A mosque in Walthamstow, London has protested plans to put up a new mobile phone mast because it could stop worshippers travelling there by bike.
The Masjid-e-Umer mosque said plans to construct the 50 foot mast next door also caused concerns for “health and safety” and would violate a council policy to encourage more people to cycle.
Yusuf Hansa, chairman of the Waltham Forest Council of Mosques, told the Waltham Forest Guardian: “The mosque has once again received numerous concerns from the local community and neighbours expressing very serious concerns about the mast and its health and safety implications, if permission was granted.
“The trustees feel that there are many alternatives sites available, away from residential areas. It is imperative that the local authority prioritise the health and safety of the community.”
“If the mast is put by a bicycle stand which is used by worshipers and shoppers it will have to be removed. Currently council policy is to encourage the use of bicycles in the area and this will be against this policy,” he added.
Other local residents are also opposing the mast, with Gillian Keith citing fears over “the radiation emitted from these masts” which makes them “potentially dangerous”.
“We don’t want to see the erection of an ugly, imposing, potentially dangerous structure literally on our doorsteps,” she said.
“My partner is with Vodafone and has perfect signal here. Yet ironically, Vodafone is one of the companies proposing to erect the mast. There is no such thing as ‘bad’ signal here in Walthamstow.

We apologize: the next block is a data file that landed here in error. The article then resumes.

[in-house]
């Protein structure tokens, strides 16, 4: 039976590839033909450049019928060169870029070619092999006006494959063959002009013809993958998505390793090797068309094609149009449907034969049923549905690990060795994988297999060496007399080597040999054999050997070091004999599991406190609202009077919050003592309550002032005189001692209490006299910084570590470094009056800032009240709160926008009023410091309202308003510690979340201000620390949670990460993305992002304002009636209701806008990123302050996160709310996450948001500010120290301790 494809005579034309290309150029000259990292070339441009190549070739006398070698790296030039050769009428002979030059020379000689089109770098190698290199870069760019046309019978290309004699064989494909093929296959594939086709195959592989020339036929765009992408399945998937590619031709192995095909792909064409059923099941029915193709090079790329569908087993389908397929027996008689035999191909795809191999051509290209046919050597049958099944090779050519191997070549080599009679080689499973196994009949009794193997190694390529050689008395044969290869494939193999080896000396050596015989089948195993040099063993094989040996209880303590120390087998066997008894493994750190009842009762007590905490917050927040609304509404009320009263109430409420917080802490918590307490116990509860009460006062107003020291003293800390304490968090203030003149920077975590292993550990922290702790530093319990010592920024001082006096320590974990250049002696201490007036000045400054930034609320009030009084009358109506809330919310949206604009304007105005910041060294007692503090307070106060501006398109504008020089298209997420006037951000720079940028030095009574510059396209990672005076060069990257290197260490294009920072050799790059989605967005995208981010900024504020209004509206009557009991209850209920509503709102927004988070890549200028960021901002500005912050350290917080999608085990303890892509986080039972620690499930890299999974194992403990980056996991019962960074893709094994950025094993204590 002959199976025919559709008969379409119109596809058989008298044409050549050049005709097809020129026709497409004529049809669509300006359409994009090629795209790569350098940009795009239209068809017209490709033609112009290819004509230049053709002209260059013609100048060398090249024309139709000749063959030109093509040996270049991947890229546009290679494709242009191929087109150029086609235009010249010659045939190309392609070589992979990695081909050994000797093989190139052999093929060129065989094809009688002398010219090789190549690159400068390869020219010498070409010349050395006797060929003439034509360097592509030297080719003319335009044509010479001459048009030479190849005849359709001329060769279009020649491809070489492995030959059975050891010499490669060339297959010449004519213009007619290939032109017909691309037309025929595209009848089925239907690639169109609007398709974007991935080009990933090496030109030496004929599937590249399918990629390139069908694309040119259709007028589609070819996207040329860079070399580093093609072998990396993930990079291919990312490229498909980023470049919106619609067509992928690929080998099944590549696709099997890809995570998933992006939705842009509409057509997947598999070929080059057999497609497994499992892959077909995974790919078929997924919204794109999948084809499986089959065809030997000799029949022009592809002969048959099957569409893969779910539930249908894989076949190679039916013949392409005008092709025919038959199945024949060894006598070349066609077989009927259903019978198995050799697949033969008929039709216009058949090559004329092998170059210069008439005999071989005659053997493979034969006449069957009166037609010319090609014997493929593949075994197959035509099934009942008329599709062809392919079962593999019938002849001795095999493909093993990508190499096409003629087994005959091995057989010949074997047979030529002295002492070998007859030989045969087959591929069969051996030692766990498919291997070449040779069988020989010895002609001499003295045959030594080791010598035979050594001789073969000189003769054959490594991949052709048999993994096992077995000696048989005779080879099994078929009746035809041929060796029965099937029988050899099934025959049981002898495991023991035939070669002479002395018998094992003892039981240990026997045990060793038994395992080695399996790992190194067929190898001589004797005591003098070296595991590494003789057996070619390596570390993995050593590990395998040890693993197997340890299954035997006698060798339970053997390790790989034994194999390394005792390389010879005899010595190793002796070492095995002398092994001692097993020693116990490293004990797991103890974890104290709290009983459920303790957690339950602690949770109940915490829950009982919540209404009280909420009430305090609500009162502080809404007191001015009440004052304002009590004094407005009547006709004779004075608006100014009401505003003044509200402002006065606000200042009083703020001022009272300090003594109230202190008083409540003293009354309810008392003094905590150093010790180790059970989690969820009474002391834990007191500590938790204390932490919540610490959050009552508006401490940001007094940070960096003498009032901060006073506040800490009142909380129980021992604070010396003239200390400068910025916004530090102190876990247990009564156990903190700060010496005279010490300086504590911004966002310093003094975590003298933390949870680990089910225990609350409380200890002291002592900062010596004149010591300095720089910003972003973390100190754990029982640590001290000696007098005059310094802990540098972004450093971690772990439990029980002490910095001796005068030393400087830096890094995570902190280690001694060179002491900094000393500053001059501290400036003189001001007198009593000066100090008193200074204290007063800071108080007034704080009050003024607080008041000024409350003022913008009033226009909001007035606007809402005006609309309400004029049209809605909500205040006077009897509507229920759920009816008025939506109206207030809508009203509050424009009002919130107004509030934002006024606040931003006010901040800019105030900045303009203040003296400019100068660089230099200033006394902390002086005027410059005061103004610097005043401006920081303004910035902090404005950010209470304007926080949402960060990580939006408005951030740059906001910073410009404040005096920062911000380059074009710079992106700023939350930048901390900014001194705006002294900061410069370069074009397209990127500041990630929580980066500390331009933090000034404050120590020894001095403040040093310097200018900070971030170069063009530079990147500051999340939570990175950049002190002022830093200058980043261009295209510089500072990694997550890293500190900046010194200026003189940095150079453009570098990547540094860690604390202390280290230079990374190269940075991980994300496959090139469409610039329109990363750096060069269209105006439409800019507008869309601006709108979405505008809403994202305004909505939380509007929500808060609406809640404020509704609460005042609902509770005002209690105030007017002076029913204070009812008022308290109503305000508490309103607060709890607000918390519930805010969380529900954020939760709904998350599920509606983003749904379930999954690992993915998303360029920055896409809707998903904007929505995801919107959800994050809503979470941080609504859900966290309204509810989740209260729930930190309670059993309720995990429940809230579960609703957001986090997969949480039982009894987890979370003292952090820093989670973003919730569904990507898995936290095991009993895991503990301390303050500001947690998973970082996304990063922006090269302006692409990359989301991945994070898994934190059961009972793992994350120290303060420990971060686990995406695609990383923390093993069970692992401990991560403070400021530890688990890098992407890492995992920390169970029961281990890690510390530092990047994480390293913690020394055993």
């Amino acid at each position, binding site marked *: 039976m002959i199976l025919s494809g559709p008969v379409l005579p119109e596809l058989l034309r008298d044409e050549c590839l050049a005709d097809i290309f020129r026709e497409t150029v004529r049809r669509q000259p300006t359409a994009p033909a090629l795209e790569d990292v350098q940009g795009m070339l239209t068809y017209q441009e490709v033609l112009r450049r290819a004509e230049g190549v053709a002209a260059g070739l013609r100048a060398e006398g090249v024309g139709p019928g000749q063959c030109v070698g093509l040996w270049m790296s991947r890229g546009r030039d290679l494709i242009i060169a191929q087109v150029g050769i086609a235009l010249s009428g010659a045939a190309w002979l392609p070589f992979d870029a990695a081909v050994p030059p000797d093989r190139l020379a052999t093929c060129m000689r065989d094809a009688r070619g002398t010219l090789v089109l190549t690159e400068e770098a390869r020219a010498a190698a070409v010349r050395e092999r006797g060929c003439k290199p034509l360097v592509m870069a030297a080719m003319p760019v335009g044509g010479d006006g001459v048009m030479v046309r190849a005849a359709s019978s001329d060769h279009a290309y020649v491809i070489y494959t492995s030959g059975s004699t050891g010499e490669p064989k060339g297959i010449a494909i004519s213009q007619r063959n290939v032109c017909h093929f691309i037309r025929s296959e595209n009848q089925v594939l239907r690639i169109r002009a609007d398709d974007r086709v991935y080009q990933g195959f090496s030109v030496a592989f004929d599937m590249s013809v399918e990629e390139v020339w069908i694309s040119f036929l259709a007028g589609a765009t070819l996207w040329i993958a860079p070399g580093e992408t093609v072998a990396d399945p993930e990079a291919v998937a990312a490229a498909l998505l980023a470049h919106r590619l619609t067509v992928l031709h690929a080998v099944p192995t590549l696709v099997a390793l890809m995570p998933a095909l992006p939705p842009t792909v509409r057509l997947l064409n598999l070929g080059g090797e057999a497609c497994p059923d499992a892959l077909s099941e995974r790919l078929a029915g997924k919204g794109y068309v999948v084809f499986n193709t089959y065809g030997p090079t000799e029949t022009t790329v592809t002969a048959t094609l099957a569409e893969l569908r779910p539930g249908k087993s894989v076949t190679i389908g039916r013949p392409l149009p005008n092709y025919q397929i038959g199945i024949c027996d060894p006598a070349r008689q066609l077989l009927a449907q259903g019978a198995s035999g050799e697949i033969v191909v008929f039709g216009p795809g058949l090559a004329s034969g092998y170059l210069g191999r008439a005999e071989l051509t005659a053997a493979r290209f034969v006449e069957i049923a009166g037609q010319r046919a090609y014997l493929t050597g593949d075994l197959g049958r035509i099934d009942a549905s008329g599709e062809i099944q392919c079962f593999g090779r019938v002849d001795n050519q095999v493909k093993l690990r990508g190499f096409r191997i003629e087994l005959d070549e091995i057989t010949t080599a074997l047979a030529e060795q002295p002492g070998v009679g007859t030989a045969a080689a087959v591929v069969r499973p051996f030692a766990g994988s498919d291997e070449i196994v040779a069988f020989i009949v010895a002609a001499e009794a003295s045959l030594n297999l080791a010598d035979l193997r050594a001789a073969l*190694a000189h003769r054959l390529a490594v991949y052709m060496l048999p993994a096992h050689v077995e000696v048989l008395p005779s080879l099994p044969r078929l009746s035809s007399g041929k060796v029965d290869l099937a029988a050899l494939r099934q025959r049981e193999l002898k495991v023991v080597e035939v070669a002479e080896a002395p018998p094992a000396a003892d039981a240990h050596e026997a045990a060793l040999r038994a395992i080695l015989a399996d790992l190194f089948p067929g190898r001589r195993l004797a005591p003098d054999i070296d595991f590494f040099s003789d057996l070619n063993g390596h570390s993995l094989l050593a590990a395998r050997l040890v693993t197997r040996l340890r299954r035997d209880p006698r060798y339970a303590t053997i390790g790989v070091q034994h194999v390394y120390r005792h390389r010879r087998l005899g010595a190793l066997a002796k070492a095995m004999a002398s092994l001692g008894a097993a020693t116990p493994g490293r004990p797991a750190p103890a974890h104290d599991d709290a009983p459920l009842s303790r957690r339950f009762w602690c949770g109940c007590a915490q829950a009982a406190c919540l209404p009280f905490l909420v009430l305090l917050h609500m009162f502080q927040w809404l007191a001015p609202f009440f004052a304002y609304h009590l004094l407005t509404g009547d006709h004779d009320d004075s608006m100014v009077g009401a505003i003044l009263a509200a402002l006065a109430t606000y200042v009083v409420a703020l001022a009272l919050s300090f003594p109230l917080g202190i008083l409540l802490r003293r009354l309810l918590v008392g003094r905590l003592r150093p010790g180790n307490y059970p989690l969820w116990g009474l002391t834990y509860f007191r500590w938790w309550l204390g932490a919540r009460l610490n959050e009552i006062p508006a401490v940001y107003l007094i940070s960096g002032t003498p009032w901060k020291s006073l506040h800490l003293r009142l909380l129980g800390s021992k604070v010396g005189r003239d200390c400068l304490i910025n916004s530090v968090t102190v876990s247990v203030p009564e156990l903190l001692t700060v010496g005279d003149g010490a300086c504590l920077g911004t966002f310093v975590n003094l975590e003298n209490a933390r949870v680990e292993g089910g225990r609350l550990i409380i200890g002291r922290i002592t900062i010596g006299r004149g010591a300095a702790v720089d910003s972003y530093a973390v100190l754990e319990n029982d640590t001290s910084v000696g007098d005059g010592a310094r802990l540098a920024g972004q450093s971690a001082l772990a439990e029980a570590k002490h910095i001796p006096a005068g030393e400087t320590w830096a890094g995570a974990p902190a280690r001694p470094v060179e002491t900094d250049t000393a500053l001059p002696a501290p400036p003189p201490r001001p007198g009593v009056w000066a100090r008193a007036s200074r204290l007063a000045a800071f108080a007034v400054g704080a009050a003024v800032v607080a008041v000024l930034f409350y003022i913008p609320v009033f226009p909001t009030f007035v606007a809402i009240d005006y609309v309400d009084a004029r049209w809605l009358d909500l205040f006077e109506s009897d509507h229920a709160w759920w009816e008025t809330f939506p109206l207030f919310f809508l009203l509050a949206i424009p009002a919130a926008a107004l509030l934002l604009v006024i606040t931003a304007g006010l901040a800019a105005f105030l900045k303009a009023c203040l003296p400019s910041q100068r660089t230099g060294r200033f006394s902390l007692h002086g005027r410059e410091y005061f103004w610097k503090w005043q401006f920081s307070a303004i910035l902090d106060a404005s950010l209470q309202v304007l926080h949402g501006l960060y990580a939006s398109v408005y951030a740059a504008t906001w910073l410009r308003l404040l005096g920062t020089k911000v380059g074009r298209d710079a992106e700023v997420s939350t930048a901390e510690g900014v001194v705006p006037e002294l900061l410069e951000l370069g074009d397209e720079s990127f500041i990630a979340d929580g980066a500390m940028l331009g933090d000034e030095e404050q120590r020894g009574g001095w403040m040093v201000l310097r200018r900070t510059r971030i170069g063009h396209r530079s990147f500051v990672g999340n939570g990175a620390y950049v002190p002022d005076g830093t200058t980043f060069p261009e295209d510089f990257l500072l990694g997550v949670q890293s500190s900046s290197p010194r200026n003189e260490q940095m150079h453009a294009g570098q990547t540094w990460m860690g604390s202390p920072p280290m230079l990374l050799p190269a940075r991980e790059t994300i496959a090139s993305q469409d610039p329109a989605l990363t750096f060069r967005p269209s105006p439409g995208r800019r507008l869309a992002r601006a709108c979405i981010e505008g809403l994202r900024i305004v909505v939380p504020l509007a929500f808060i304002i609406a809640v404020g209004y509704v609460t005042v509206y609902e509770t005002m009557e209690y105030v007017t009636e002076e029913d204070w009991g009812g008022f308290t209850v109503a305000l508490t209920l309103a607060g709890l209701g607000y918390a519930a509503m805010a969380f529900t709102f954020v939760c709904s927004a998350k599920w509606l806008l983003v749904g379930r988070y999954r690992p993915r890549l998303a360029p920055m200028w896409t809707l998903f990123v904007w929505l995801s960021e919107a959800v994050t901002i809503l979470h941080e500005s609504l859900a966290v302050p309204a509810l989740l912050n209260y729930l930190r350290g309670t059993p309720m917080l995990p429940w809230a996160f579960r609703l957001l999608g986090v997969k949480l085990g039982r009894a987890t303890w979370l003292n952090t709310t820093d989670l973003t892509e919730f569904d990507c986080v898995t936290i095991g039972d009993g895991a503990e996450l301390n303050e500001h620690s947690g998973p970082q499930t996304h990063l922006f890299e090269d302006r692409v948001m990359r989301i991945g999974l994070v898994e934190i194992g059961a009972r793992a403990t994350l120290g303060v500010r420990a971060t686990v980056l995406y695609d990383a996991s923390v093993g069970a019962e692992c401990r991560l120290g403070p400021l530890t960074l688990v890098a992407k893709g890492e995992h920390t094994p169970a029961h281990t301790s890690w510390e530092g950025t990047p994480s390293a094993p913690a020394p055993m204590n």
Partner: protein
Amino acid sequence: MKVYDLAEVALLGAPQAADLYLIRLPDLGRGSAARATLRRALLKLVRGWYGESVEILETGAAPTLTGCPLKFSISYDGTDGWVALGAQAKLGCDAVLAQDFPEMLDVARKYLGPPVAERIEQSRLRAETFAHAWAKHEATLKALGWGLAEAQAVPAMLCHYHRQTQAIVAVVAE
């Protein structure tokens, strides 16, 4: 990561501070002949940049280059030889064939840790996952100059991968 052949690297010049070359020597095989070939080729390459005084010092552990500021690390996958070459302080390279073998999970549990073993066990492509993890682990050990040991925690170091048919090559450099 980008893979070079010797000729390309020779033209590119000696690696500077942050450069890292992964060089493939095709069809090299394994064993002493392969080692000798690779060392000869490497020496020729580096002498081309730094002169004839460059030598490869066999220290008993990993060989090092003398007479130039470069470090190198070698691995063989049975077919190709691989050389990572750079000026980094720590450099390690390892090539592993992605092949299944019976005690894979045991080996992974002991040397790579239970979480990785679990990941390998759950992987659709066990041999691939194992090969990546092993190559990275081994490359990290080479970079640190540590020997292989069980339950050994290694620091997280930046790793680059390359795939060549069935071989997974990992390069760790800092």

“We are told that there are no significant health concerns associated with the radiation emitted from these masts, but most people are sceptical about this. All parents in the neighbourhood have expressed serious concerns for the health of their children and for the school nearby.
“I think it is offensive to everyone in the neighbourhood, including the mosque. It sullies the look of the whole street and the entire intersection.”
The claim that mobile phone mast radiation causes health problems is controversial. In October 2014, the World Health Organisation said that “to date, no adverse health effects have been established as being caused by mobile phone use” and that “research does not suggest any consistent evidence of adverse health effects from exposure to radiofrequency fields at levels below those that cause tissue heating.”
In 2006, one of the houses opposite the mosque was raided by anti-terror police investigating a plot to blow up transatlantic airliners. The raids on various properties across Britain saw 24 men arrested in connection with the plot, of whom six were eventually convicted of conspiracy to murder in separate trials.